"Now when you visit a site again, that site will think you are a new user and assign you a new cookie. This tends to skew the site's record of new versus return visitors, and it also can make it hard for you to recover previously stored preferences. This is why sites ask you to register in some cases -- if you register with a user name and a password, you can log in, even if you lose your cookie file, and restore your preferences. If preference values are stored directly on the machine (as in the MSN weather example above), then recovery is impossible. That is why many sites now store all user information in a central database and store only an ID value on the user's machine."

Each browser is different and it is different if you are using Mac or PC, so I cannot go over ALL of the possibilities here of how to handle your cookies. You will need to search in your own browser for the Preferences or Options and then look for information on Cookies. 

p.s. I tried amazon.com and facebook and all that happened was that I had to log in again. I am sure I will find other things I had not thought of before. I am guessing that most sites now use passwords so I will just be logging in more.

Wednesday, July 20, 2011

Working with Images Online

When I added this (741 KB) picture Blogger automatically resized it so that it would fit the screen.

This is the same image that I resized myself to 8 KB
For the longest time I was so frustrated when I saw a picture online that I liked and then printed it and the picture printed out tiny OR someone sent me a picture and it would not fit on my screen because it was so huge.
This is because the pictures that you see on the screen are digital representations of the pictures that people have put onto their webpages or emailed to you. Pictures are measured in DPI or dots per inch. In order to make digital pictures small so that they download quickly people often compress their photos. The computer takes out some of the dots in a way that the picture still looks good on screen! This can effect the resolution of the picture (or the quality) so that you cannot drag the picture to a larger size. When you try it becomes little color squares..

Most (all?) digital screens only show up to 72 DPI (or dots per inch). If the picture you are seeing has high resolution (more than 72 DPI) sometimes the picture will look HUGE on your screen. One confusing thing is that many programs (like word) allow you to click on the image and drag the corner to make it smaller.  When you do this you are only changing the LOOK of the picture, not the DPI, so even though it looks small it will take a LONG time to download and when someone tries to print the picture it will come out huge.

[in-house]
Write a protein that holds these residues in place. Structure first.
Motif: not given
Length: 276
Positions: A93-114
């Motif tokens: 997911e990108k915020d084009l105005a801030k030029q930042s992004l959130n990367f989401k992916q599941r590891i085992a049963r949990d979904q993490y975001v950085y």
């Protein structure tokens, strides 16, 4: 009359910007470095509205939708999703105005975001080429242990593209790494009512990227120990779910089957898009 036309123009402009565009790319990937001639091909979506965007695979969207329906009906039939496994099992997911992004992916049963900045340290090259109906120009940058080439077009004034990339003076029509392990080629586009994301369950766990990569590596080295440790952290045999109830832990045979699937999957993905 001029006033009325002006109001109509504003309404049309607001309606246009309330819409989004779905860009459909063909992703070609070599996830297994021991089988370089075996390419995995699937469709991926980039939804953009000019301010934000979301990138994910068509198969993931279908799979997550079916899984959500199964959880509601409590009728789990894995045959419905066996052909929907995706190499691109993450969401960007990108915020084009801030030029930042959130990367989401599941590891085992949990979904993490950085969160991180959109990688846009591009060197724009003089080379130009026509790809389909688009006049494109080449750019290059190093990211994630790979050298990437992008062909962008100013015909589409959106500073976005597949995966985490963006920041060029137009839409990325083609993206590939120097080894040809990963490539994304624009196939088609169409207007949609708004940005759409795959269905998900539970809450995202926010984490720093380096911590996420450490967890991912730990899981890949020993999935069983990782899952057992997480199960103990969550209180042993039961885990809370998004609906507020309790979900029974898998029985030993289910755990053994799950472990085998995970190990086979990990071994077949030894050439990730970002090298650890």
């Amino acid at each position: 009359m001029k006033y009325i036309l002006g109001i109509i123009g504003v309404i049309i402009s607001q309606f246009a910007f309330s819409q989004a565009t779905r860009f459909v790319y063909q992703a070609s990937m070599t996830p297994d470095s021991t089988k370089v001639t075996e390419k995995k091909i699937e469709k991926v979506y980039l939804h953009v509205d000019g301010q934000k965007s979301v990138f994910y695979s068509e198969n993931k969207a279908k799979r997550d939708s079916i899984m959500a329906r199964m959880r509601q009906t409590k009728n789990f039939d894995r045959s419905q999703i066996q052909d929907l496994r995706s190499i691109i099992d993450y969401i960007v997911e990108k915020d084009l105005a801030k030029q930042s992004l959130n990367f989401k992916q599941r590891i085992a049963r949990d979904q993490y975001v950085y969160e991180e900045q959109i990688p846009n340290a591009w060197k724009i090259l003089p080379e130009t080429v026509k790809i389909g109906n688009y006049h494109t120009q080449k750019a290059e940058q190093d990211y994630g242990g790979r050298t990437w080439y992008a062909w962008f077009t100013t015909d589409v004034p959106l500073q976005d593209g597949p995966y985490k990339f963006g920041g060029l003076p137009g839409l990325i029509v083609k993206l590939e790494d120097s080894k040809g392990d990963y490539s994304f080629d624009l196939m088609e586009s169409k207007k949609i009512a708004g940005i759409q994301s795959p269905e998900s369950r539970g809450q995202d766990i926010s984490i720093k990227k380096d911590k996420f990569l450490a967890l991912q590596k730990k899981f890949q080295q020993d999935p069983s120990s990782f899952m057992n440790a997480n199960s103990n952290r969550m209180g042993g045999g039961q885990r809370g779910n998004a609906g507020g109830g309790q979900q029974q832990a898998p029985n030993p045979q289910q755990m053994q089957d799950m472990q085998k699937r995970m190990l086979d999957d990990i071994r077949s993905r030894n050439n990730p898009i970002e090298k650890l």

You cannot make a picture with a low number of dots per inch bigger. It will not look good. Artists (and lots of other people) save both a high quality, high resolution picture and the smaller one that they can use to send to people or post online. 

I hope that this is a helpful explanation of images online. If you have questions please post them in the comments. Tomorrow's post will be about FILE SIZES.

Tuesday, July 19, 2011

Why do I Play Angry Birds?

I can help you with using your iPad or iPhone. I can look for apps, or tell you about apps that I use.

One that I have used a lot in the last few weeks is Angry Birds. I had heard about it from lots of different people and I thought I had better try it. I am not much of a game player. I like Tetris and Bedazzled. Games where you shoot or kill things seem wrong to me. However, for some reason Angry Birds got me!

Just in case you have never heard of Angry Birds, it is a game where you use a huge rubber band to catapult different birds into a stack of stuff and try to knock things down and get points. The birds are angry for various reasons and are willing to vanish in order to avenge or to free someone. In the original Angry Birds they were getting back at Pigs who had stolen their eggs.

Angry Birds Rio is the one I played this summer. It begins with allowing you to "free" birds that have been captured.  That was OK because I was not trying to "get rid" of anyone. Unfortunately, in time I was actually trying to get rid of irritating monkeys and actually that was pretty fun. I was traveling internationally at the time and so I had hours to fill where I could not easily move or do much else. It felt so good to win each level and even to go back to ones I had passed and try to increase my score.